Not at all. And I didn't really get a chance to say it, but she's ferocious when she dances. In the way that a man... [Laughs] has this different intense energy than a girl does. I think it comes from her being a New York dancer. It was more like a compliment because I have friends who are drag queens and they are over-the-top and that is what you need for stage. Don't worry, I'm not backpedaling. I don't at all regret what I said. I just thought it was funny that they made it into such a big deal and that she was crying about it.

TVGuide.com: Early on, you were unhappy about the amount of rehearsal time. Was it really that bad?
Sisely:
In this [time period] that they are saying is "a week" — which, um, isn't really that long — we were getting maybe three and a half or four hours of rehearsal with the actual performance piece, with four other girls and harmonies and choreography. It is not like American Idol, where you learn one song and you practice it by yourself and you just stand there and sing it. They are really not giving us enough credit. I wish they would have shown more of the silly auditions and the thousands of girls and how it really came down to these nine people. Just as I feel the general public takes the Pussycat Dolls for granted, I think they are taking our talent for granted.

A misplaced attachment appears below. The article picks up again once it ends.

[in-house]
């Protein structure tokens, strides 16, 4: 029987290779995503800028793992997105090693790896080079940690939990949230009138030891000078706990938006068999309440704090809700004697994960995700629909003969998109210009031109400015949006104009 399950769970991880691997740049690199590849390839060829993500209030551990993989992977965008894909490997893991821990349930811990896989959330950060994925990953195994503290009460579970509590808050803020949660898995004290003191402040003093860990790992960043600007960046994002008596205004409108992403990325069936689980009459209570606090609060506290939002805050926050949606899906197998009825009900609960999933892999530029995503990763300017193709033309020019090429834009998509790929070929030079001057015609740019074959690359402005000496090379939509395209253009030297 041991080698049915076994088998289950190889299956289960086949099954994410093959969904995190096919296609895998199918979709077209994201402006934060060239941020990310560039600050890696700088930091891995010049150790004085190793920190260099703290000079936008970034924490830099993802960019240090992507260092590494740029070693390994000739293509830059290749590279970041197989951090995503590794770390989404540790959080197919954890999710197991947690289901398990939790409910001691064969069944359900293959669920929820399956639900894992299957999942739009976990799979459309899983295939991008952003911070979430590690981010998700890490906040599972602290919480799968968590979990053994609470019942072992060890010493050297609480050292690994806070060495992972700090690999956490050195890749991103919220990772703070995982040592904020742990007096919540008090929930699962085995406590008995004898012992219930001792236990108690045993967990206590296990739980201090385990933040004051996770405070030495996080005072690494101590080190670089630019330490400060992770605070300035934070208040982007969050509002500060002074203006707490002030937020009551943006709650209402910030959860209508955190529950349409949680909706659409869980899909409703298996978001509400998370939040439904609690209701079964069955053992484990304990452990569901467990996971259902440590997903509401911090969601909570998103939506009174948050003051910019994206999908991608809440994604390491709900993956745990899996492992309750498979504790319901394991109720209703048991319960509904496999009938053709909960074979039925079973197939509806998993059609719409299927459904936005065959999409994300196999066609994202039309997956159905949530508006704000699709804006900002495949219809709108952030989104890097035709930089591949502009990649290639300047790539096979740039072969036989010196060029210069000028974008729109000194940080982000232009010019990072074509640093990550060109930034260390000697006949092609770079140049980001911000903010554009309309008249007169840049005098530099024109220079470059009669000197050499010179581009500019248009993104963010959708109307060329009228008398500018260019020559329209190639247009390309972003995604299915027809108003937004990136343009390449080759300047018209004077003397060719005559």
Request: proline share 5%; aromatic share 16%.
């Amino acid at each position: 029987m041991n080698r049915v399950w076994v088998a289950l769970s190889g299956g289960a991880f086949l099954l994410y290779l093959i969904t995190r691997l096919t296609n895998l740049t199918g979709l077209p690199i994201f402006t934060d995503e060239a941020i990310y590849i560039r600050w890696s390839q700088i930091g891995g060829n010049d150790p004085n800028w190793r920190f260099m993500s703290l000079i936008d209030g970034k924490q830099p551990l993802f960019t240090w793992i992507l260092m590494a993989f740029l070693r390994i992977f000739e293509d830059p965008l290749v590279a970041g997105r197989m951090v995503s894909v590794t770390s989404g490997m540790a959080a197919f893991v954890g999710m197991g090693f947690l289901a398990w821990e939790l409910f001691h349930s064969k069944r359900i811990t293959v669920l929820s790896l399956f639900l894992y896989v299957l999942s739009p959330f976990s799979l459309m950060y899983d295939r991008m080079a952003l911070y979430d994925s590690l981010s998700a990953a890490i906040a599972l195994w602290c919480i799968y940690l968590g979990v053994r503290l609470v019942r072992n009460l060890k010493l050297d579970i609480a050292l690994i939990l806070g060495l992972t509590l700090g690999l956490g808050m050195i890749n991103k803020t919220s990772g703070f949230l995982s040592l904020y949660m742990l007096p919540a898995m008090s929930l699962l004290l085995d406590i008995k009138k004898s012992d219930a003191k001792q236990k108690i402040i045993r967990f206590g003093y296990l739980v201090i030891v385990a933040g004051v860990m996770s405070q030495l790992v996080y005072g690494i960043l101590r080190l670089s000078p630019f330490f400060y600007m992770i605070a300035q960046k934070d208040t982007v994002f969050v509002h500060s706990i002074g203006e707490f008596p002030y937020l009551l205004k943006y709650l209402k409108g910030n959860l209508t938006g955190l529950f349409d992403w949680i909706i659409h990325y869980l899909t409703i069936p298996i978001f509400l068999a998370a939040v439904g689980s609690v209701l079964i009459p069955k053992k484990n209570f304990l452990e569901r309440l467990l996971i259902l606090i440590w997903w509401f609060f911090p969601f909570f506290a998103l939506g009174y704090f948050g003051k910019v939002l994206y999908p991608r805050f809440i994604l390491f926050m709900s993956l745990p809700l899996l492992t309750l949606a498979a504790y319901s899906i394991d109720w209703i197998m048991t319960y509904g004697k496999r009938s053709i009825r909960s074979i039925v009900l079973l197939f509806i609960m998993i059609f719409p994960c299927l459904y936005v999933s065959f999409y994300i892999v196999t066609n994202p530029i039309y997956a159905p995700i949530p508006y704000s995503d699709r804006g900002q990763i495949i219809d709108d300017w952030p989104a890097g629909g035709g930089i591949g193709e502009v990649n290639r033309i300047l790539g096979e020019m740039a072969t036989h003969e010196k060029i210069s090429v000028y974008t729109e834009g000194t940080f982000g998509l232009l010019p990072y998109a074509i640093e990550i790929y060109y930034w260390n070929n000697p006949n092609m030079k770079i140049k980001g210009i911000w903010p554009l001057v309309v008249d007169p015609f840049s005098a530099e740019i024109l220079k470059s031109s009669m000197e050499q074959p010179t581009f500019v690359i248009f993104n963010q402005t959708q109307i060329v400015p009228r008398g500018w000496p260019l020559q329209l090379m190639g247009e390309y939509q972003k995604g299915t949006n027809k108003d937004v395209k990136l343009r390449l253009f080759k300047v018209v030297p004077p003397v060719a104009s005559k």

TVGuide.com: Are you planning a solo career now?
Sisely:
Most definitely. I'm working on some new stuff right now, but I just want to take it up to the next level and blow [people's] minds.

TVGuide.com: What kind of music should we expect?
Sisely:
The next thing will be really crazy underground dance. Like Peaches meets Madonna meets Gwen Stefani meets Björk. Really intense. Just watch.

TVGuide.com: And you'll get to show off your dance moves?
Sisely:
Yeah, those "girls" are getting a little old and having kids and stuff. We need someone fresh.

TVGuide.com: Are you rooting for any of the remaining contestants?  
Sisely:
Yes! I love Anastacia. I want to see her do well, but really I feel in my heart that Melissa R. might sneak up and show people what she's got.

TVGuide.com: Do you hang out with any of them now?
Sisely:
Most definitely. Me and Anastacia and Melissa S. Melissa R. is too young. She'd be going out to all of the clubs in Hollywood with us if she could.

TVGuide.com: I imagine you and Asia aren't best pals.
Sisely:
No. Never talked to her, never became friends with her. I don't mind her, but we are very different.